OLYMPIA, Wash. — Protecting students is Alissa Parker's mission and, for her, it’s personal.
Her daughter, Emilie Parker, died in the 2012 Sandy Hook Elementary School shooting.
“What I couldn't get out of my mind was all the things that we could've done better. It wasn't that our school failed. It's what we were given and the things that prepared us weren't enough,” she said.
Parker now lives in western Washington with her husband and two children. She said she wants long-term solutions for school safety.
"What I hope to do is share the lessons that we learned through my experience at Sandy Hook. and be able to learn and grow from that so we can move forward,” said Parker.
Parker joined Democratic legislators Tuesday to unveil a handful of new bills. The legislation focuses on suicide prevention, school resource officer training and mental health.
Rep. Laurie Dolan and Sen. Lisa Wellman hope to open regional safety centers to provide training, support and coordination to teachers and students.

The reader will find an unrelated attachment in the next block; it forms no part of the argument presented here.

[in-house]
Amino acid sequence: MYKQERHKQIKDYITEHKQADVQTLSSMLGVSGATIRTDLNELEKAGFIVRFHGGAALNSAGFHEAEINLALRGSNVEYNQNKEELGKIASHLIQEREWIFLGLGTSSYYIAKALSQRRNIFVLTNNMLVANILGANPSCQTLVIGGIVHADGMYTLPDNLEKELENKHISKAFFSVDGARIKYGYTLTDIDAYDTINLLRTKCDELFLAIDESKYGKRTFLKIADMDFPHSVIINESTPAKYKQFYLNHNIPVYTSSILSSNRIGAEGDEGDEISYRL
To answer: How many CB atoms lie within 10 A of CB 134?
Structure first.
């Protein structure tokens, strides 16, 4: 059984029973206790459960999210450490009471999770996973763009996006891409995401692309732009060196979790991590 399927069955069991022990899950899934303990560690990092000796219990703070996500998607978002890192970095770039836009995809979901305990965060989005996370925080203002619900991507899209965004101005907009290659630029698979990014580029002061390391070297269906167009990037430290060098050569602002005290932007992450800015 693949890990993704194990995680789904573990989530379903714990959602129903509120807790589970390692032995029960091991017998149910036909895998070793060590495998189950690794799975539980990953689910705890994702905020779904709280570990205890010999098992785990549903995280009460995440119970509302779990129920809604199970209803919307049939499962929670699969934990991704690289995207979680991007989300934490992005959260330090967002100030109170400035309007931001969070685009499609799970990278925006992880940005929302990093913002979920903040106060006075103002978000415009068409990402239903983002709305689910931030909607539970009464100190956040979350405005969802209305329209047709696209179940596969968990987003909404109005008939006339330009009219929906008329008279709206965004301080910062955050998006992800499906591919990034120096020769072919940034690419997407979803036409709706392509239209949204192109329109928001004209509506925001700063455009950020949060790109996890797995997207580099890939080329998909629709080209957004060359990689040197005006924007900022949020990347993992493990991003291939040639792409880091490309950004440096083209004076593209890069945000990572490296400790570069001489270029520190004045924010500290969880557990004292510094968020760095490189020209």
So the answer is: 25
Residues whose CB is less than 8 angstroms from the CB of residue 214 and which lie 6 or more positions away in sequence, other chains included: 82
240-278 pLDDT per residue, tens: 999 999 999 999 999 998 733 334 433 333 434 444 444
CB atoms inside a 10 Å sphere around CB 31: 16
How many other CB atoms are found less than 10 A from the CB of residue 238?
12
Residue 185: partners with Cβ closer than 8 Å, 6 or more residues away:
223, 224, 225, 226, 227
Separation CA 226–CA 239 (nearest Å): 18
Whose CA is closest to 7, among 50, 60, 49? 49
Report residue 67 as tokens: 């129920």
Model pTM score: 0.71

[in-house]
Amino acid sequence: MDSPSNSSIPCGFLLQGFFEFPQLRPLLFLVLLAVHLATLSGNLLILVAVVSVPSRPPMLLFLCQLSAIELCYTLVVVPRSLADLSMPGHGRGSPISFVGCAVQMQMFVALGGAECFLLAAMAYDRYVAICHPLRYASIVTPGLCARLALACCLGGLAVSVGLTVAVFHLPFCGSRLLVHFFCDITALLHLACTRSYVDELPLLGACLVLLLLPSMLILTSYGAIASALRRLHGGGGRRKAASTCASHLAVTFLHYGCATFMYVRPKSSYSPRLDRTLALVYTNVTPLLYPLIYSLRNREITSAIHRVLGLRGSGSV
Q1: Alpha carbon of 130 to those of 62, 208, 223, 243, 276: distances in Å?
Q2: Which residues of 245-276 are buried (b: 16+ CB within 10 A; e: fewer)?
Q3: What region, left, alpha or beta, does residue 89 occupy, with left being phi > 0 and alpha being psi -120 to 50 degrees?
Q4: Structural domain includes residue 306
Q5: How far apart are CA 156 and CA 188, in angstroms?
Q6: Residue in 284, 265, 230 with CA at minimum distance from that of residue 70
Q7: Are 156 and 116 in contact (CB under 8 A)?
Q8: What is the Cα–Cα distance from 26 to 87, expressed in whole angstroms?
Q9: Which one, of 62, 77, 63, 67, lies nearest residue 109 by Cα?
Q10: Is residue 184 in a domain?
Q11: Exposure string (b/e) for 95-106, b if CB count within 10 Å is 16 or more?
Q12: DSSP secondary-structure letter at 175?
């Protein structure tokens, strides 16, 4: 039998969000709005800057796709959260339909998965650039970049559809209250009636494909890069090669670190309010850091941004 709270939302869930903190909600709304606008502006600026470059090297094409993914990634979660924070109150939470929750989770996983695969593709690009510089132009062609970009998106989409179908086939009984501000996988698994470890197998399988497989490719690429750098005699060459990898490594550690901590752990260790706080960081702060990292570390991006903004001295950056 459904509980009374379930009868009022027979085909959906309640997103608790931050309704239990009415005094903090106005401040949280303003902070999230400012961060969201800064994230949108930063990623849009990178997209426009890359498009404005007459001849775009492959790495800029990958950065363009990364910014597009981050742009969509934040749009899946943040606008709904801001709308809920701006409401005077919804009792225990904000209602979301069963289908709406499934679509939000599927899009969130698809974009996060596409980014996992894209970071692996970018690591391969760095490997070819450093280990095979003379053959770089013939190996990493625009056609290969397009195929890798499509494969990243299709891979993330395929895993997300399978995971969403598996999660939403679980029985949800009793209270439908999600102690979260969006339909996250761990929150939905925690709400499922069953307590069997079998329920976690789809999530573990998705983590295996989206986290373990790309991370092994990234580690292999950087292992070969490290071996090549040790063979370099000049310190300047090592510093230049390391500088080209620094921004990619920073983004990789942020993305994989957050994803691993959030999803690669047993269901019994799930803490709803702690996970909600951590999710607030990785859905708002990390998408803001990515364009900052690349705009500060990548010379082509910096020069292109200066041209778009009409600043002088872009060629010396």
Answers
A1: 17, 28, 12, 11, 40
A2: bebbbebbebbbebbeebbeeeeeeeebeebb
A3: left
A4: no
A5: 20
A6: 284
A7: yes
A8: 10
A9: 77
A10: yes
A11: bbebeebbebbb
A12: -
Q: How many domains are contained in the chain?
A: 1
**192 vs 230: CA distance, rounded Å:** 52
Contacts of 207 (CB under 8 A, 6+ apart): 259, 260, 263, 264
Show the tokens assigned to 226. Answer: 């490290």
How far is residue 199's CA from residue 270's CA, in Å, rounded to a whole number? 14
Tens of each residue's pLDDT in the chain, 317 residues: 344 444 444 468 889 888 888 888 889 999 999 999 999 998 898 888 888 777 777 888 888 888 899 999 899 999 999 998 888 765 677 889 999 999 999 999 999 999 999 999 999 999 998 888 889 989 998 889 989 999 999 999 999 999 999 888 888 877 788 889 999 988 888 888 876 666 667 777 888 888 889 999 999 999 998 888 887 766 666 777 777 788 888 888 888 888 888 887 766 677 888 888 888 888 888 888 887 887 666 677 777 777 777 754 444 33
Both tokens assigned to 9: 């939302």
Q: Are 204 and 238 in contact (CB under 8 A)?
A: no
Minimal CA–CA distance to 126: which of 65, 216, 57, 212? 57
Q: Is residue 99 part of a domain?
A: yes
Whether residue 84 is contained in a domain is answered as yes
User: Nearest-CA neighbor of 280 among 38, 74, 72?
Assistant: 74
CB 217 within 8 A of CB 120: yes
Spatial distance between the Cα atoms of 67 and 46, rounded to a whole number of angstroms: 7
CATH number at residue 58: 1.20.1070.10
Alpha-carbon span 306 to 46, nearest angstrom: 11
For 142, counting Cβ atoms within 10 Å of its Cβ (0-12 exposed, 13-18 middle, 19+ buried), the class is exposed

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"You'll notice, in the title, it says non-weapons. That was purposeful. We believe that guns do not belong in schools. I believe guns do not make schools safer,” said Dolan.
Republican Sen. Phil Fortunato, however, strongly disagrees and wants school staff armed.
"I'm a little concerned that they purposefully excluded firearms as something that was not even under consideration,” he said.
Fortunato plans to introduce a bill that would allow trained staff members to carry guns.
It's a measure the Toppenish School District in Central Washington started in response to the Sandy Hook shooting.
Last year, 19 trained administrators carried concealed guns.
Fortunato believes that's the best way to stop another school shooting from taking students' lives.
"The reason you want armed people on staff is to be able to respond in one minute to minimize that,” he said.
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